Electoral College map from 1896 (The Washington Standard, via Newspapers.com)
The president and vice president of the United States are elected through the U.S. Electoral College, which is outlined in Article II, Section 1, of the U.S. Constitution. The Electoral College is composed of “electors” chosen by the voters of each state (plus Washington DC) to cast their state’s electoral votes in a presidential election. The electoral vote, not the popular vote, determines the winner of the presidential election.
How Many Electors Are There?
The total electors (and hence electoral votes) apportioned to each state is equal to the size of its congressional delegation–in other words, the number of members it has in the U.S. House of Representatives plus its two senators. Since the 1960s, Washington DC has had 3 electoral votes.
The current number of electors is 538. To win the election, a candidate needs a majority of electoral votes, which has been 270 since 1964.
How Are Electors Chosen?
Before a presidential election, each political party in a state selects a slate of prospective electors who pledge to vote for that party’s ticket in the Electoral College. During the election, even though the names of presidential and vice presidential candidates appear on the ballot, citizens are actually voting for the electors pledged to those candidates, not the candidates themselves.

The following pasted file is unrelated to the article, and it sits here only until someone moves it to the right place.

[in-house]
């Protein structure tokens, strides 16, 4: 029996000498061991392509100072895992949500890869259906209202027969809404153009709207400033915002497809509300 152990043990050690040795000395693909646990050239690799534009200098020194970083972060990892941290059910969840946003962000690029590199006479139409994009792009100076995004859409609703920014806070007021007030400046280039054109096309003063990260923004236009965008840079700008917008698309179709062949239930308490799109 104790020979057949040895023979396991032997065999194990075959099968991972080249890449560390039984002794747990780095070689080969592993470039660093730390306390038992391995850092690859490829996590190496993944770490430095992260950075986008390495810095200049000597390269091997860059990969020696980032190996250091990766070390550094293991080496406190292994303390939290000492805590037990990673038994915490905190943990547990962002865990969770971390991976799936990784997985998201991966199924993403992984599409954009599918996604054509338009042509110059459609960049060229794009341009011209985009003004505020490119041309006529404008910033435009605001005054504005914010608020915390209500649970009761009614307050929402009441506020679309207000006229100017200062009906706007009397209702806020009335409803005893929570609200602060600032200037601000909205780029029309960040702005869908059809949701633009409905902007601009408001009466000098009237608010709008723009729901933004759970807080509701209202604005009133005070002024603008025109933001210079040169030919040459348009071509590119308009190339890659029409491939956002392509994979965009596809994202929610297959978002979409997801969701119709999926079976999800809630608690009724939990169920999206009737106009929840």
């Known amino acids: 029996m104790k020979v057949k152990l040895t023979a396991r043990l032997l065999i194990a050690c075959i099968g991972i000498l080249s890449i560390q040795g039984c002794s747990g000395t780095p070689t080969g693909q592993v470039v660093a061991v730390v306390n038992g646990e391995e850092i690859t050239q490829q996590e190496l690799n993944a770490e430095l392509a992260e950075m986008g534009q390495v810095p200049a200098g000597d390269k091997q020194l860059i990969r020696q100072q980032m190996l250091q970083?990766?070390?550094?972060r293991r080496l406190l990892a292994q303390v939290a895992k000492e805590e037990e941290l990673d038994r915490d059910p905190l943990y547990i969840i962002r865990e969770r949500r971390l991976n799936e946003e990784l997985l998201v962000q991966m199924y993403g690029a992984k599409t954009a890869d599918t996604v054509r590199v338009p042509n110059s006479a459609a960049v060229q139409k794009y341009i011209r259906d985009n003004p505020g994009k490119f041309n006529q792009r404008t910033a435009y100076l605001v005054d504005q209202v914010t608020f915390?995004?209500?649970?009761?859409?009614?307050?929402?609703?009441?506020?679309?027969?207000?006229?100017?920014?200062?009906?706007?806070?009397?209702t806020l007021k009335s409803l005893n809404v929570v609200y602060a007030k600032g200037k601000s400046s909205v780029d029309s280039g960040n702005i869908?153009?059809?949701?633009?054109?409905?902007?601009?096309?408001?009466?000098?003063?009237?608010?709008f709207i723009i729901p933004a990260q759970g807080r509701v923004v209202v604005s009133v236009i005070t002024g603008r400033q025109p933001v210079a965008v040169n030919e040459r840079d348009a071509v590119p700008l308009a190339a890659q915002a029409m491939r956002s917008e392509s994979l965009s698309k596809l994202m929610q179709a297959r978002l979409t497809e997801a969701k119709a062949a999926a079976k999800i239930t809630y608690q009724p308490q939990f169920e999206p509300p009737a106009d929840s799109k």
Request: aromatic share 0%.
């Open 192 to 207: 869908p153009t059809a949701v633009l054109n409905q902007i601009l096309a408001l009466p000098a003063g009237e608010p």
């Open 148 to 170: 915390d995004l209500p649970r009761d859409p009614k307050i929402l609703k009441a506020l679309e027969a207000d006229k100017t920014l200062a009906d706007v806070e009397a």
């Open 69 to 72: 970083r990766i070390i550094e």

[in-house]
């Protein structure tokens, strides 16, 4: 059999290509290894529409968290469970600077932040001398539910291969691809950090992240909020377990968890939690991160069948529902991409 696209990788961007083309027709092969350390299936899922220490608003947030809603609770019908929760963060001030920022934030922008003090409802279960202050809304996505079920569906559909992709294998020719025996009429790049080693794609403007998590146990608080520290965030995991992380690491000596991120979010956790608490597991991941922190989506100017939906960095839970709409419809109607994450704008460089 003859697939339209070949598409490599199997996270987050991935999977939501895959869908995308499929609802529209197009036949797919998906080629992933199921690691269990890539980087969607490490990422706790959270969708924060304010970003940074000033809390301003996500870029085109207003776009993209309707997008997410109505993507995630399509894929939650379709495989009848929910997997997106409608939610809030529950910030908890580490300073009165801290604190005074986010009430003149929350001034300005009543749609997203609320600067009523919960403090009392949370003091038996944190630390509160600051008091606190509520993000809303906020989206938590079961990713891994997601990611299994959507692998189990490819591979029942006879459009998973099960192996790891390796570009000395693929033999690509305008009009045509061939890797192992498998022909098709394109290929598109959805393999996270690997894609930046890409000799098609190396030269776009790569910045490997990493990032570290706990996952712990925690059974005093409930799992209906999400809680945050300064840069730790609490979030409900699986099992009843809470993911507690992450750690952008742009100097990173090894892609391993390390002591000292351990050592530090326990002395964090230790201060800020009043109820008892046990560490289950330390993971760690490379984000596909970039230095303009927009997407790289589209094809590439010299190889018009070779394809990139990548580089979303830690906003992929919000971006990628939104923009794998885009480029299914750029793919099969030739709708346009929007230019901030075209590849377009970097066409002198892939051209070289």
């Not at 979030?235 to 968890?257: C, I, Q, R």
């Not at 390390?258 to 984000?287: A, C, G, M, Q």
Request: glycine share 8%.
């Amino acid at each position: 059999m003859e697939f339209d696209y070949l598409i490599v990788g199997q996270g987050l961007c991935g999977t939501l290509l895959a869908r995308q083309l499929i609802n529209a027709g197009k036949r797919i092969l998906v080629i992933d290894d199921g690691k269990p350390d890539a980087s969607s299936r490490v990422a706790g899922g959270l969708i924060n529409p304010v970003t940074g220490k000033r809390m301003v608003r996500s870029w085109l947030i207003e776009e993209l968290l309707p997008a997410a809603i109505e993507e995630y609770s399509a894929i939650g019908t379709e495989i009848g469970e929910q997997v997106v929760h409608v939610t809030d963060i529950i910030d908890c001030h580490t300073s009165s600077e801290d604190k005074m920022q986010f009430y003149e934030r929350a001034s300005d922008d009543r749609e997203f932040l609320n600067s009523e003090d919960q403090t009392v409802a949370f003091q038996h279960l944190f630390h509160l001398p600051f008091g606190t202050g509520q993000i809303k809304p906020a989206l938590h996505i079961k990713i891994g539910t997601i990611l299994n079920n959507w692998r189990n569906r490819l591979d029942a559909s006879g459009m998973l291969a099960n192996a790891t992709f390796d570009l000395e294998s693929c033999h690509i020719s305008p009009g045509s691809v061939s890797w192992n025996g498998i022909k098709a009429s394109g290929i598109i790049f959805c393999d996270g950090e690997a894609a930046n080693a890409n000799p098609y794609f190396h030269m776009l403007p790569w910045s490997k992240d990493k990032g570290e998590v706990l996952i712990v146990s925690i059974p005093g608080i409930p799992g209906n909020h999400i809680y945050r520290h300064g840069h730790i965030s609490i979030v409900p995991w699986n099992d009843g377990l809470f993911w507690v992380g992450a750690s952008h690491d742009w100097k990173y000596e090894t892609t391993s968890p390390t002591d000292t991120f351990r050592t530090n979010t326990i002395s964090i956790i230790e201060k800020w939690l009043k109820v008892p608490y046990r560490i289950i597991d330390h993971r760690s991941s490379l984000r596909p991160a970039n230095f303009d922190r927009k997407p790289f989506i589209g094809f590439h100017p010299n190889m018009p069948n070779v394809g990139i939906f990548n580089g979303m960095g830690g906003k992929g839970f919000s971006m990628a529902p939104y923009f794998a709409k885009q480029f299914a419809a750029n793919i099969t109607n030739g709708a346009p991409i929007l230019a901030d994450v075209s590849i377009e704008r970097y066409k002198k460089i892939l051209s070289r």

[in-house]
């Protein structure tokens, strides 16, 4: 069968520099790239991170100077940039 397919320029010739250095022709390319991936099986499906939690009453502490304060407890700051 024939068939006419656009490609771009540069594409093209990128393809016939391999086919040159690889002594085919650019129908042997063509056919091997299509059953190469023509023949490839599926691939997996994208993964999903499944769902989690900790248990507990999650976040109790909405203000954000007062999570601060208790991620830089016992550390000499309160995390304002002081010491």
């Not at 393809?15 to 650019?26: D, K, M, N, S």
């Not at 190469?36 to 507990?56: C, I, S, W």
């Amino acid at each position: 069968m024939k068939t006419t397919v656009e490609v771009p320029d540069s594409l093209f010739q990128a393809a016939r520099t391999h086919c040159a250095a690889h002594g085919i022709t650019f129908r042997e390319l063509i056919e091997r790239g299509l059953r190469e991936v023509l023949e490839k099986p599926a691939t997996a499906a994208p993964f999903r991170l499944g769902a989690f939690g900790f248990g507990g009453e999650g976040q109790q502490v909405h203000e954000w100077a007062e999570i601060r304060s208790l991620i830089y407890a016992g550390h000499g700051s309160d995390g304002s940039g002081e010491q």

Almost all states use a “winner take all” system, in which all the state’s electoral votes are cast by the slate of electors pledged to the ticket that won the statewide popular vote. Maine and Nebraska, however, use a proportional system based on congressional districts.
What is the Role of Electors?
After a presidential election, the winning slate of electors meets at the state capitol and casts their votes for president and vice president. This occurs in December, on the first Monday after the second Wednesday (though in modern times, the outcome of the election is typically known before this). Although there is no Constitutional mandate requiring electors to vote for the candidate they are pledged to, many states have laws that require it.
After the electors cast their votes, the votes are sent to the U.S. Congress, where they are counted and certified in a joint session in January.
What Happens if the Electoral Vote Isn’t Decisive?